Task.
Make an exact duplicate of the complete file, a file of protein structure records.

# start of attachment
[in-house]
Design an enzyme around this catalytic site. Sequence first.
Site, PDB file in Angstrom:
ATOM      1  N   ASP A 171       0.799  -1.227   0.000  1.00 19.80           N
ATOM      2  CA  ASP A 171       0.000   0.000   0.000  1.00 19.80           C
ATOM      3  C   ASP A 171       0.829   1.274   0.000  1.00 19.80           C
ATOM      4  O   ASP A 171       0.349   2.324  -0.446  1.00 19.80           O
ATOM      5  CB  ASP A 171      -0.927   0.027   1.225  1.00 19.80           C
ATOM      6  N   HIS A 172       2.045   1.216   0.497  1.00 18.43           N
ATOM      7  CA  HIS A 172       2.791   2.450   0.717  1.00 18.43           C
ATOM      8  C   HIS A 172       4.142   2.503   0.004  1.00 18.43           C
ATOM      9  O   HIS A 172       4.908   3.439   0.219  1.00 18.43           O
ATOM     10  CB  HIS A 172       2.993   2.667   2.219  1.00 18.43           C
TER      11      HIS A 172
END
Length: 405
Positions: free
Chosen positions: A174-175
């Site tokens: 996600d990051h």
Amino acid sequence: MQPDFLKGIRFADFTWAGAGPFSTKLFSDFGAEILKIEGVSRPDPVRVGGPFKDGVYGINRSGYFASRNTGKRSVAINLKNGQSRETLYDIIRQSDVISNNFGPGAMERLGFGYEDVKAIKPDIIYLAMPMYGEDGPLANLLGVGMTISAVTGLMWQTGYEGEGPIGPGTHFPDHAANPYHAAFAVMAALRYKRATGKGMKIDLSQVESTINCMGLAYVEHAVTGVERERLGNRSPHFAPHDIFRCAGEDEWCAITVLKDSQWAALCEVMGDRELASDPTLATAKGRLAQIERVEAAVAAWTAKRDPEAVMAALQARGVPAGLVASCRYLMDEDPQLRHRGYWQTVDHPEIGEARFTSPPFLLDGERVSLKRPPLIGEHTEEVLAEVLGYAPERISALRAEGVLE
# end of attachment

[in-house]
Design an enzyme around this catalytic site. Sequence first.
Site, PDB file in Angstrom:
ATOM      1  N   ASP A 171       0.799  -1.227   0.000  1.00 19.80           N
ATOM      2  CA  ASP A 171       0.000   0.000   0.000  1.00 19.80           C
ATOM      3  C   ASP A 171       0.829   1.274   0.000  1.00 19.80           C
ATOM      4  O   ASP A 171       0.349   2.324  -0.446  1.00 19.80           O
ATOM      5  CB  ASP A 171      -0.927   0.027   1.225  1.00 19.80           C
ATOM      6  N   HIS A 172       2.045   1.216   0.497  1.00 18.43           N
ATOM      7  CA  HIS A 172       2.791   2.450   0.717  1.00 18.43           C
ATOM      8  C   HIS A 172       4.142   2.503   0.004  1.00 18.43           C
ATOM      9  O   HIS A 172       4.908   3.439   0.219  1.00 18.43           O
ATOM     10  CB  HIS A 172       2.993   2.667   2.219  1.00 18.43           C
TER      11      HIS A 172
END
Length: 405
Positions: free
Chosen positions: A174-175
């Site tokens: 996600d990051h």
Amino acid sequence: MQPDFLKGIRFADFTWAGAGPFSTKLFSDFGAEILKIEGVSRPDPVRVGGPFKDGVYGINRSGYFASRNTGKRSVAINLKNGQSRETLYDIIRQSDVISNNFGPGAMERLGFGYEDVKAIKPDIIYLAMPMYGEDGPLANLLGVGMTISAVTGLMWQTGYEGEGPIGPGTHFPDHAANPYHAAFAVMAALRYKRATGKGMKIDLSQVESTINCMGLAYVEHAVTGVERERLGNRSPHFAPHDIFRCAGEDEWCAITVLKDSQWAALCEVMGDRELASDPTLATAKGRLAQIERVEAAVAAWTAKRDPEAVMAALQARGVPAGLVASCRYLMDEDPQLRHRGYWQTVDHPEIGEARFTSPPFLLDGERVSLKRPPLIGEHTEEVLAEVLGYAPERISALRAEGVLE